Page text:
An older boy played football within the square, first with his brothers just for a few minutes, but then kept playing and gave me cues to continue with him. It was wonderful how all those play types were possible within the same space and time. Gentleness besides more rough or sporty games, but everyone seemed flexible and happy to change creatively through new impulses from each other.  

The very last phase the autistic boy from one of the families joined the site. His imaginative play fit easily into the site and the atmosphere. He was hiding and rolling in the fabric, playing with the bell and then asked me: what’s that all about here? I told him we are all having fun. Well, he seemed to understand immediately.  

He came up with a story of good and bad aliens, all visible in the sky and behind the bushes. Suddenly he discovered the golden beads and was persuaded that he found gold. In seconds the whole site were looking for gold and collecting all the beads excitingly from the ground, always running towards me when one has found one bead, shouting I have found one and I put them together with one of the girls. 

As Penny put it, this was a wonderful example of inclusive play. The imagination of the autistic boy filled the space and brought every child into a shared imaginary game. 

This game was the start of tidying up the site and all the kids helped with the rest of it in a playful manner.  

Walking over to C. the corn flour + bowl was gone. Someone seemed to be interested for some or another reason. Hope he or she had fun!     

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Not in Tower Hamlets!

We ran a session the other day, arriving in cold and wet conditions.  We built a fort out of scrap fabric to provide shelter for the other, more perishable, materials and set about play.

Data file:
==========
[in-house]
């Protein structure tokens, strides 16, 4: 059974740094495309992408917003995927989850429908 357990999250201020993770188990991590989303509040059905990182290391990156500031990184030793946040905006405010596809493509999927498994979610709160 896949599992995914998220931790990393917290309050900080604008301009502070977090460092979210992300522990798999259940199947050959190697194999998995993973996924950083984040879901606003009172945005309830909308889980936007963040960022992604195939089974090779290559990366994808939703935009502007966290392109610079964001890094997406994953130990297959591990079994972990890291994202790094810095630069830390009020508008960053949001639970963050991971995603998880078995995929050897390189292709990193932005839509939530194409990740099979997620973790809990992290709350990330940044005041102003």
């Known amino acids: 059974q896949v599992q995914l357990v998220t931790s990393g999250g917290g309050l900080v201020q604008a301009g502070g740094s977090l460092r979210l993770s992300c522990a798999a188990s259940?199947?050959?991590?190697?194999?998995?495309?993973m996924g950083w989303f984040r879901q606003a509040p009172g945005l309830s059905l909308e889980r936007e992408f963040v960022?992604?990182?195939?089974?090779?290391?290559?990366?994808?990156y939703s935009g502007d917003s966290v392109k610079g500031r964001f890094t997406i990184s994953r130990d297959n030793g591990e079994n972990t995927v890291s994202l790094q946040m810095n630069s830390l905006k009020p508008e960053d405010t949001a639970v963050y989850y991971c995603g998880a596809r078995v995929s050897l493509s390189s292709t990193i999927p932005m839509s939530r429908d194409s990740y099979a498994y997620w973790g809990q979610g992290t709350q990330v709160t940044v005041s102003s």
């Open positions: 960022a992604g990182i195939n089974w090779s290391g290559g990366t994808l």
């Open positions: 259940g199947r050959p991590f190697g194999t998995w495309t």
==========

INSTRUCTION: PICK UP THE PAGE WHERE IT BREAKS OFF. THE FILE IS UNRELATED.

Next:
With only a roll of cling film (Sarah Wrap for any Americans out there) and some washing up liquid we dammed the drain at the centre of a large tarmac surface.

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We whisked up some bubbles and stared for ages at the landscapes made by the clear plastic, but the air pockets and rainbow froth.

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We set up lengths of film running between the railings that were, at different times: drums for the rain to beat upon, the web of a giant spider, lane markers for races and tracks along which bright green alien foam could be charged.

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Then, when our visit was over, we took down the lengths of plastic and let the soap bubbles wash away down the drain.  I walked home covered in green soap, my hair practically lathered, amazed as ever at how much can be done with so little.

And, it was the cleanest messy play I’ve ever seen.

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A big part of this project is the collection and sharing of play memories.

Some residents of the East End have lived here all their lives, while others have come from places all over the world.  For each of the adults we spoke to, however, the world of their childhood has been radically different to the one surrounding them today.

One website speaks to that difference.  This site is part of Age Exchange, the UK’s leading reminiscence arts charity, and is rich with the oral histories of long-time area residents.  We’ve listed the memoirs of individual authors on our bibliography page, but there’s something particularly compelling about the chorus of voices speaking here and the lost microcosm that they call up.  We live in the same streets they’re speaking of, but they’re nearly unrecognizable from the photographs.

Not only has the landscape changed dramatically in that time, but so have the ways in which people experience it.  Even the picture below, one of many we’ve seen of this game, demonstrates a freedom to transform public space into playspace that was once taken for granted.

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We hope that by encouraging adults of all ages to remember their own play memories we’ll slowly make advocates of the whole community, so that once again these streets can be used by children for play.